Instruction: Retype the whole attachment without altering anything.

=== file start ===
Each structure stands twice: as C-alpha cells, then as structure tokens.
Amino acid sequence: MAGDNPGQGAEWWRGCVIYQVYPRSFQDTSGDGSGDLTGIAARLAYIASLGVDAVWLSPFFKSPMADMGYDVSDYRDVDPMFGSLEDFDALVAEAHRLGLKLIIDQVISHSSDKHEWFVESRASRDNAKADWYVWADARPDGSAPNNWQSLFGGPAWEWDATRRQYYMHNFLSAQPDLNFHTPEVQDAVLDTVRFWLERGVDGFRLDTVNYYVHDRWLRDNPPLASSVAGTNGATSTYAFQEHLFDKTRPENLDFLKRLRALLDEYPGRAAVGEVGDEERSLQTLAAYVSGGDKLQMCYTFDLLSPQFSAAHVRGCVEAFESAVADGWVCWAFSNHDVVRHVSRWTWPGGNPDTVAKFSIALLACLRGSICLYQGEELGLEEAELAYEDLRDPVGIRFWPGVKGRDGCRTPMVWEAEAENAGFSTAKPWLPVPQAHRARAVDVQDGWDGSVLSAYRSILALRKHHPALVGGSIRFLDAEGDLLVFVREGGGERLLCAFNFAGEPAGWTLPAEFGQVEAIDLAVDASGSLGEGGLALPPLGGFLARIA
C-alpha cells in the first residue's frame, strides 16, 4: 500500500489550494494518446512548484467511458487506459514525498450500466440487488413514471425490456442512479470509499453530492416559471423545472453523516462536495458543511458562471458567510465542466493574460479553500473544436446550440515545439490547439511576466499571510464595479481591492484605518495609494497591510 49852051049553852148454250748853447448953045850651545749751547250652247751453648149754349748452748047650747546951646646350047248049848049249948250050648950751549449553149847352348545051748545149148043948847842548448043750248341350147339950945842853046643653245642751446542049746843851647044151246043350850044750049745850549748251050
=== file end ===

Each structure stands twice: as C-alpha cells, then as structure tokens.
Amino acid sequence: MAGDNPGQGAEWWRGCVIYQVYPRSFQDTSGDGSGDLTGIAARLAYIASLGVDAVWLSPFFKSPMADMGYDVSDYRDVDPMFGSLEDFDALVAEAHRLGLKLIIDQVISHSSDKHEWFVESRASRDNAKADWYVWADARPDGSAPNNWQSLFGGPAWEWDATRRQYYMHNFLSAQPDLNFHTPEVQDAVLDTVRFWLERGVDGFRLDTVNYYVHDRWLRDNPPLASSVAGTNGATSTYAFQEHLFDKTRPENLDFLKRLRALLDEYPGRAAVGEVGDEERSLQTLAAYVSGGDKLQMCYTFDLLSPQFSAAHVRGCVEAFESAVADGWVCWAFSNHDVVRHVSRWTWPGGNPDTVAKFSIALLACLRGSICLYQGEELGLEEAELAYEDLRDPVGIRFWPGVKGRDGCRTPMVWEAEAENAGFSTAKPWLPVPQAHRARAVDVQDGWDGSVLSAYRSILALRKHHPALVGGSIRFLDAEGDLLVFVREGGGERLLCAFNFAGEPAGWTLPAEFGQVEAIDLAVDASGSLGEGGLALPPLGGFLARIA
C-alpha cells in the first residue's frame, strides 16, 4: 500500500489550494494518446512548484467511458487506459514525498450500466440487488413514471425490456442512479470509499453530492416559471423545472453523516462536495458543511458562471458567510465542466493574460479553500473544436446550440515545439490547439511576466499571510464595479481591492484605518495609494497591510 49852051049553852148454250748853447448953045850651545749751547250652247751453648149754349748452748047650747546951646646350047248049848049249948250050648950751549449553149847352348545051748545149148043948847842548448043750248341350147339950945842853046643653245642751446542049746843851647044151246043350850044750049745850549748251050